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Pacific Northwest DEWS Drought & Climate Outlook Webinar: October 23, 2023

Event Date
October 23, 2023
Event Time
11:00 am - 12:00 pm

These webinars provide the region's stakeholders and interested parties with timely information on current and developing drought conditions, as well as climatic events like El Niño and La Niña. Speakers also discuss the impacts of these conditions on things such as wildfires, floods, disruption to water supply and ecosystems, as well as impacts to affected industries like agriculture, tourism, and public health.


Webinar Introduction

Speaker: Britt Parker | NOAA National Integrated Drought Information System



Climate Recap and Current Conditions

Speaker: Larry O’Neill | Oregon Climate Service

  • While the past 90 days have been wetter than normal across much of the Pacific Northwest, this has done little to ameliorate substantial year-to-date precipitation deficits in much of the region.
  • It has been a warmer-than-normal summer across the Pacific Northwest, particularly in Washington and Oregon.
  • Continued drought recovery has occurred in the southeast Pacific Northwest.
  • Increased drought intensity has occurred in most of western Oregon and Washington, northern Idaho, and northwest Montana.
  • During 2023, streamflows and total runoff have been historically low at several stations draining the Cascade and coast ranges and in northern Idaho and northwestern Montana.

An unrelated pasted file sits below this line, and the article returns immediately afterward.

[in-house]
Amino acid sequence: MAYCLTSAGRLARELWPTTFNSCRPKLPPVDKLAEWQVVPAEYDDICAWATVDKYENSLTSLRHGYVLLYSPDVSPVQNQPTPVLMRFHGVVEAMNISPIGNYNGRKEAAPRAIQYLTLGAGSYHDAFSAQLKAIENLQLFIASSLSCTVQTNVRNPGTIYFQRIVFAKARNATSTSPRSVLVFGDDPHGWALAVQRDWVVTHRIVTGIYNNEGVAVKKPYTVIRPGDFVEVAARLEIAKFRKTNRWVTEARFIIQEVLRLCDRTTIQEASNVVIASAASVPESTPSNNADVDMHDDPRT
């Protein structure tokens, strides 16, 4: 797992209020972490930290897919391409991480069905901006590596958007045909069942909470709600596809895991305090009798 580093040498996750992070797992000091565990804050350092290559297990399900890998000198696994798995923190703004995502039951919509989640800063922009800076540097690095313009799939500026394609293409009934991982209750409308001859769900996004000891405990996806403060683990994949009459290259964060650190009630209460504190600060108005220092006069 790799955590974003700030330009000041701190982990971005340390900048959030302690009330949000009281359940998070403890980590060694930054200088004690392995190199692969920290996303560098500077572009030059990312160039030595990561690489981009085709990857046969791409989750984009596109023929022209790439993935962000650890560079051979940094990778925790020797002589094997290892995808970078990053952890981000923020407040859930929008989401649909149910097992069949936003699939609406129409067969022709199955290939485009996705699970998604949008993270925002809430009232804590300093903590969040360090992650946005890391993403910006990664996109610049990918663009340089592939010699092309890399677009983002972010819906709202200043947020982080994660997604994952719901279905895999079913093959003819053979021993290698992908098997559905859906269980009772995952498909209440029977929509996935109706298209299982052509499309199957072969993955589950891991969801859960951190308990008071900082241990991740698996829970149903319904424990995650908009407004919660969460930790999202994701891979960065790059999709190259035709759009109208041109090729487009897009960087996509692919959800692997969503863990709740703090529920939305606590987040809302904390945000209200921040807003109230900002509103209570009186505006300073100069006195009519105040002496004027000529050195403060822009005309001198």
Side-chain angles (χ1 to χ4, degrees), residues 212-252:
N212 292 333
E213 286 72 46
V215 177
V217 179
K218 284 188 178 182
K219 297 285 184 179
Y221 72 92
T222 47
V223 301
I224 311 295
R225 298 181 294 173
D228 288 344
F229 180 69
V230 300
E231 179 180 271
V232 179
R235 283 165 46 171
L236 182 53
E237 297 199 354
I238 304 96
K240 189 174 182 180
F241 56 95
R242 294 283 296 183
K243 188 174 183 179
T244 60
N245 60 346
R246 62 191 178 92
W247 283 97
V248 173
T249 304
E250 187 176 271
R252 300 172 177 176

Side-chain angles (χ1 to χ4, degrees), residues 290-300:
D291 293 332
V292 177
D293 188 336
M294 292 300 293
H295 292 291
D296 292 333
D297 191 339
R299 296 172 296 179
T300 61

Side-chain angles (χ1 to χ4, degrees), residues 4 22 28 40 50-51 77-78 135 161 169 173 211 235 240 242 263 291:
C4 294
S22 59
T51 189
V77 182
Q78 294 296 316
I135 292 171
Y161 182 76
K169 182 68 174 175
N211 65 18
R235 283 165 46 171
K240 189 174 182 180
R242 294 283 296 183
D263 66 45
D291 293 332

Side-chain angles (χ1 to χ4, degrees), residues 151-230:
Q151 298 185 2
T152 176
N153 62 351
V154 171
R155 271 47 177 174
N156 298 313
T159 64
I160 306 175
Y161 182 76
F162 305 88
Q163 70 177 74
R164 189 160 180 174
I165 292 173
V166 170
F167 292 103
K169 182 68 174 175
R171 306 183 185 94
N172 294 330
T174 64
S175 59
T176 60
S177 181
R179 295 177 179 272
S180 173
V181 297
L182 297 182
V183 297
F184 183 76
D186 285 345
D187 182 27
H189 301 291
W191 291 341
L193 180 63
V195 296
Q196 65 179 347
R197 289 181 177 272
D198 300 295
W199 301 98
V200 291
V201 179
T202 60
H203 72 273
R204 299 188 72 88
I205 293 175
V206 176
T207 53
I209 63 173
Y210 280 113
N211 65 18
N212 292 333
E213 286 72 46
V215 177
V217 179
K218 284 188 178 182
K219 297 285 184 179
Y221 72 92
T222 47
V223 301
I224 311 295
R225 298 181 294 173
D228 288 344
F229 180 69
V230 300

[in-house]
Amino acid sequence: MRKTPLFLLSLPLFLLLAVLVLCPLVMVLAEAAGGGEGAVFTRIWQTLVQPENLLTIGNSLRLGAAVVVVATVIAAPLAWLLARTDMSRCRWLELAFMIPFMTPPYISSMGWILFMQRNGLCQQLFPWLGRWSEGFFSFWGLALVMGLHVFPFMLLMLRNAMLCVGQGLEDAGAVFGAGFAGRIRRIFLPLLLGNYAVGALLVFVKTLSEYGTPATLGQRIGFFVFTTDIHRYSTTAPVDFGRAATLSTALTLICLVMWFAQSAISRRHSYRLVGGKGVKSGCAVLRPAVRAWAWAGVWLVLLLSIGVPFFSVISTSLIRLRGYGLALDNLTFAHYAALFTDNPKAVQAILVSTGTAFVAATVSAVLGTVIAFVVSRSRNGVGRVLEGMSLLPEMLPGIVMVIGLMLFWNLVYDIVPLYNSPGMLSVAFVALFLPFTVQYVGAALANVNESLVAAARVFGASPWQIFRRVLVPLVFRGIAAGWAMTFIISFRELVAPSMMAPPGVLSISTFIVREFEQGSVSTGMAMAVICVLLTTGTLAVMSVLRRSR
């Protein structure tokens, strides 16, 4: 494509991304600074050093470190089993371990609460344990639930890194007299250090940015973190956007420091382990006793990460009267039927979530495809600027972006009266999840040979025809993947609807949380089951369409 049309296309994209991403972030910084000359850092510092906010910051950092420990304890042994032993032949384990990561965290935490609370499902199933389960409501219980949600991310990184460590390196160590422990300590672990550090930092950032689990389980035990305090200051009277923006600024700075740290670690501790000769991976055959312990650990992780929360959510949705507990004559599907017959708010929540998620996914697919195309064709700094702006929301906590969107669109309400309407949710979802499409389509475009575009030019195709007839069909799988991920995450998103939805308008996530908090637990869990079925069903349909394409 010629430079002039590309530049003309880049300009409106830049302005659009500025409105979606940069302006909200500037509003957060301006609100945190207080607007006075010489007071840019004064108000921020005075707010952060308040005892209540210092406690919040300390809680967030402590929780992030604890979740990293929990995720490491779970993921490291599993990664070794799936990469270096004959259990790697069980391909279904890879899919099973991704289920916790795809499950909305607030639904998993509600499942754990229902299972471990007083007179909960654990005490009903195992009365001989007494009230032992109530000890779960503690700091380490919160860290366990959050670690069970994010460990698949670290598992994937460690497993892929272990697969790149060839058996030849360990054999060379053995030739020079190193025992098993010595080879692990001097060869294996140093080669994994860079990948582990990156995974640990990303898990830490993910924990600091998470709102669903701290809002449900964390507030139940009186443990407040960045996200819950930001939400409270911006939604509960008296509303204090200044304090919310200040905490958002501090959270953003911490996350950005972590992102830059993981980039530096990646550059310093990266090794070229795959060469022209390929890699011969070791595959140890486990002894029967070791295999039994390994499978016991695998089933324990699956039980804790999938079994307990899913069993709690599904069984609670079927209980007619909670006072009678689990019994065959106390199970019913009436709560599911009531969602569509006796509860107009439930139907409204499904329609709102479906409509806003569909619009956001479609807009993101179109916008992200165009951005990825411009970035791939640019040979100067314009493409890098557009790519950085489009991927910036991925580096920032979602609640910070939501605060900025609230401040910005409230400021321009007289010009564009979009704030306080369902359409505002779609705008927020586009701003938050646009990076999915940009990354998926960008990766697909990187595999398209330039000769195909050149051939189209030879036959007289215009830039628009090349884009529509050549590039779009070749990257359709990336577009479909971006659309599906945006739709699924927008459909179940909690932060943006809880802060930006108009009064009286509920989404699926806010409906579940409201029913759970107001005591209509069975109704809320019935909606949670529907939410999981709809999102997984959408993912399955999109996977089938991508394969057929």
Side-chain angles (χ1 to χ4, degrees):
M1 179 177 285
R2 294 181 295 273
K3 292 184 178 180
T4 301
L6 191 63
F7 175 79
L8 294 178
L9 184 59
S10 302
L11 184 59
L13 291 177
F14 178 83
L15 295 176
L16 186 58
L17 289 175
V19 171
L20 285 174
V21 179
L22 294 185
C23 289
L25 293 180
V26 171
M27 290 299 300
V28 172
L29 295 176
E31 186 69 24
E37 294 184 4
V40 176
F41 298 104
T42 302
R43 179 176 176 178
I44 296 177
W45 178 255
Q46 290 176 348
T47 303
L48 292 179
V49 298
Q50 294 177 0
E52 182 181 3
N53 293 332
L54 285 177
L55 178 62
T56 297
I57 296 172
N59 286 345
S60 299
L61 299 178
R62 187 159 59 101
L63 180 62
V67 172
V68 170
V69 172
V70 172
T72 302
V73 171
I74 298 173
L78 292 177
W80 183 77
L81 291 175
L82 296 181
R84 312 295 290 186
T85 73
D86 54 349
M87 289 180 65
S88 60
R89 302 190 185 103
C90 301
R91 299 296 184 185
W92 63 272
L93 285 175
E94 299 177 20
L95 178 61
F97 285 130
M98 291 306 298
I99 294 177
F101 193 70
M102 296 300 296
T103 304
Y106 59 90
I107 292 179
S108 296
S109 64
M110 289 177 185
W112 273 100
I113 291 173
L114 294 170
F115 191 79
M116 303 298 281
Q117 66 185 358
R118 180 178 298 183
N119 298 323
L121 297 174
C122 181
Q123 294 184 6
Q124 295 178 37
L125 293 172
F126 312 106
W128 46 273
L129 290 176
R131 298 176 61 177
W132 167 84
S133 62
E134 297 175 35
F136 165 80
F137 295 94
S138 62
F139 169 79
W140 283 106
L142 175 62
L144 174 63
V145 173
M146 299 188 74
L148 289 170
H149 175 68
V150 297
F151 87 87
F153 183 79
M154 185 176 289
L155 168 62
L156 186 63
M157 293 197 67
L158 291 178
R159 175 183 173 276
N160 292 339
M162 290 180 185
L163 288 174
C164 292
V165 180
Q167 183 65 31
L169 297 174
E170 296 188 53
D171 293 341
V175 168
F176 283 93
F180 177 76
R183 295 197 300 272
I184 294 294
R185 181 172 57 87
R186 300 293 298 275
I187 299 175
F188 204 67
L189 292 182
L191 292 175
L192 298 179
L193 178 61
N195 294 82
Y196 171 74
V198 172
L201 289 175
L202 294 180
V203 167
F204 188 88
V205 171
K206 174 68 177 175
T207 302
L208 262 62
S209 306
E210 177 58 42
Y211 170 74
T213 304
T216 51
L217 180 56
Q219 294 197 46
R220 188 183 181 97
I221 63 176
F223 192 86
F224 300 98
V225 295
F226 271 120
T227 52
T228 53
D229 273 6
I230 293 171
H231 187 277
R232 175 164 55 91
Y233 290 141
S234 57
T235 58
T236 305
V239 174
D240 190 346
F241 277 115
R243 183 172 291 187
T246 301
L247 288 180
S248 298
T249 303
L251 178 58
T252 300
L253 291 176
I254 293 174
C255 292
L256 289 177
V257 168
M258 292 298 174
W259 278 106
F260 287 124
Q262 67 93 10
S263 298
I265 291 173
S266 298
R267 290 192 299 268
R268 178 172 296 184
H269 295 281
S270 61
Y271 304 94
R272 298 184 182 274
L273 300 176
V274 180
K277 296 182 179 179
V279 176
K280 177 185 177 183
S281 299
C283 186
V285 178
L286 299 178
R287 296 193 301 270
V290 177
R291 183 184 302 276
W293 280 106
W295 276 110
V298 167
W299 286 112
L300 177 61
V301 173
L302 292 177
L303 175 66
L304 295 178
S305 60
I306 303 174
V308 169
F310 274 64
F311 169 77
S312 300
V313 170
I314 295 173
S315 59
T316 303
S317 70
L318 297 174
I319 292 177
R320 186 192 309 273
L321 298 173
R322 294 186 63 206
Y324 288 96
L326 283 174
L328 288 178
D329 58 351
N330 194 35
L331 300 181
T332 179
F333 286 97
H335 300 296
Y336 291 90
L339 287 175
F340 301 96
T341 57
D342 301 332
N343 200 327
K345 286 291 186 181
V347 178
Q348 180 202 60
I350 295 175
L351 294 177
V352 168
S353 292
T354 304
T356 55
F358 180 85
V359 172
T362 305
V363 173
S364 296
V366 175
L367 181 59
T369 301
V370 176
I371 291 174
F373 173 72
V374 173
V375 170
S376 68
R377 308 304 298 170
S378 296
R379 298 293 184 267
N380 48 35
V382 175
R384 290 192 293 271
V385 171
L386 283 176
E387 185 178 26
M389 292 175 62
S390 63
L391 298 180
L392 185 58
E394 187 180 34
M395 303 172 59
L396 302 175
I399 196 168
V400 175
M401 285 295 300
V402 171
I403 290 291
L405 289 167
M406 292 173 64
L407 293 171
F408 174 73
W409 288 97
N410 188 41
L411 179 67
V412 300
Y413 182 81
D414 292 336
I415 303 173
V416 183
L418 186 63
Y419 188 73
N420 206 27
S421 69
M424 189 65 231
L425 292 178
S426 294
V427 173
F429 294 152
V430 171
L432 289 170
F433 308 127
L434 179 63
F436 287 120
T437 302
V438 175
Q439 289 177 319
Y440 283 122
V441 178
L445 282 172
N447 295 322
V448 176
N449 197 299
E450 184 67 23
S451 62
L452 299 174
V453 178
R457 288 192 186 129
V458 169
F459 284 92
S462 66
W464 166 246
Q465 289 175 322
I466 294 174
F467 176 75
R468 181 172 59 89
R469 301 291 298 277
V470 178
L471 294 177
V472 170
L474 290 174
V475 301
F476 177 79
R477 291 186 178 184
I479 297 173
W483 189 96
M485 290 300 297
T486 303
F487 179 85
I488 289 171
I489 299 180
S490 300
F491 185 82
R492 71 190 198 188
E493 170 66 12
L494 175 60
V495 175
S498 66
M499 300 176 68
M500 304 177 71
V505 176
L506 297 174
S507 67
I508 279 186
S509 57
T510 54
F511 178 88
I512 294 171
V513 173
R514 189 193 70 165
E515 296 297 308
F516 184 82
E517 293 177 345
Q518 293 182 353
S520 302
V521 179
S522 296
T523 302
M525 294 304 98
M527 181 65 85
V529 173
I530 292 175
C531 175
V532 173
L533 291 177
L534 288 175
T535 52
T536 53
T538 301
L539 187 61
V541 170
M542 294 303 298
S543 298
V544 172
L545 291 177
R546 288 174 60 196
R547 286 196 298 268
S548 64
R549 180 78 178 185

• Substantial excess evaporation occurred this summer, mainly in regions already experiencing substantial year-to-date precipitation deficits, compounding surface water deficits.



Seasonal Conditions & Climate Outlook

Speaker: Jon Gottschalck | NOAA Climate Prediction Center

  • A strong El Niño event is ongoing in the Pacific Ocean, as shown by both oceanic and atmospheric conditions.
  • A strong El Niño very likely to remain in place through Spring 2024, with some potential for further strengthening.
  • Above-normal temperatures are favored for the Pacific Northwest during the November 2023–January 2024 and December 2023–February 2024 seasons.
  • There is high uncertainty and low confidence in the winter precipitation outcome. Below-normal precipitation is favored—at very modest odds—for eastern Washington and Oregon, much of Idaho, and the state of Montana.



Fire Program Analysis Fire-Occurrence Database (FPA-FOD)-Attributes: Physical, Social, and Biological Attributes for Improved Understanding and Prediction of Wildfires

Speaker: Moji Sadegh | Boise State University



Subseasonal Forecasts in the Climate Toolbox

Speaker: Katherine Hegewisch | University of California – Merced

  • View the Subseasonal Forecast tool.
  • The Climate Toolbox lets us look at subseasonal forecasts for the next 1–4 weeks as summaries on maps and for the next 1–28 days as timeseries on graphs. 
  • The subseasonal forecast data used is from NOAA National Centers for Environmental Information's CFSv2, but has been bias corrected and interpolated to 4-km grids over the contiguous U.S. to create 48 ensemble forecasts for the next 1–28 days.
  • A hindcast skill analysis was performed for this data. The weekly skill of the next 1–4 weeks of forecasts is viewable in a table alongside the weekly box plots in the Subseasonal Forecast tool. 
  • The Climate Mapper tool lets us view forecast category agreement across 48 ensemble members.
  • The Subseasonal Forecast tool lets us view forecasts as a timeseries of daily forecasts, as box plots of weekly forecasts showing the ensemble spread, and as daily categorical forecasts.




Speaker: Britt Parker, NOAA/NIDIS, CU Boulder/CIRES